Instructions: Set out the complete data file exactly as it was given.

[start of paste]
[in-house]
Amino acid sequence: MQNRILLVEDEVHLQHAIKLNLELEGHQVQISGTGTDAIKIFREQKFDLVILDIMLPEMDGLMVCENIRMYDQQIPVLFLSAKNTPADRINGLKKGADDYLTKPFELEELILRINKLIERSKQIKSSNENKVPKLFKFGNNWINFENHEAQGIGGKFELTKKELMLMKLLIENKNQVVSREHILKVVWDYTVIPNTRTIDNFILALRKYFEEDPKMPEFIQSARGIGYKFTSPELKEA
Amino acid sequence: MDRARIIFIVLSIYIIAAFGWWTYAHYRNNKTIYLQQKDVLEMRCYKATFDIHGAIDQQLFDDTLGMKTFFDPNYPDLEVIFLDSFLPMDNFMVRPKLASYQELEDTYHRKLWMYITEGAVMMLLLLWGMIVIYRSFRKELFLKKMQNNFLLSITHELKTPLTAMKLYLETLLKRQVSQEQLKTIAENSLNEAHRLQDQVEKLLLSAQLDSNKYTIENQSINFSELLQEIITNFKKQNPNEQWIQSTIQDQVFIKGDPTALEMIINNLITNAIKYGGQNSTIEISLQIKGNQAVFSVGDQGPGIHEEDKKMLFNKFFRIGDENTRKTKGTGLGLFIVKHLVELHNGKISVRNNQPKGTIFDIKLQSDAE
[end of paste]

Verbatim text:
[in-house]
Amino acid sequence: MQNRILLVEDEVHLQHAIKLNLELEGHQVQISGTGTDAIKIFREQKFDLVILDIMLPEMDGLMVCENIRMYDQQIPVLFLSAKNTPADRINGLKKGADDYLTKPFELEELILRINKLIERSKQIKSSNENKVPKLFKFGNNWINFENHEAQGIGGKFELTKKELMLMKLLIENKNQVVSREHILKVVWDYTVIPNTRTIDNFILALRKYFEEDPKMPEFIQSARGIGYKFTSPELKEA
Amino acid sequence: MDRARIIFIVLSIYIIAAFGWWTYAHYRNNKTIYLQQKDVLEMRCYKATFDIHGAIDQQLFDDTLGMKTFFDPNYPDLEVIFLDSFLPMDNFMVRPKLASYQELEDTYHRKLWMYITEGAVMMLLLLWGMIVIYRSFRKELFLKKMQNNFLLSITHELKTPLTAMKLYLETLLKRQVSQEQLKTIAENSLNEAHRLQDQVEKLLLSAQLDSNKYTIENQSINFSELLQEIITNFKKQNPNEQWIQSTIQDQVFIKGDPTALEMIINNLITNAIKYGGQNSTIEISLQIKGNQAVFSVGDQGPGIHEEDKKMLFNKFFRIGDENTRKTKGTGLGLFIVKHLVELHNGKISVRNNQPKGTIFDIKLQSDAE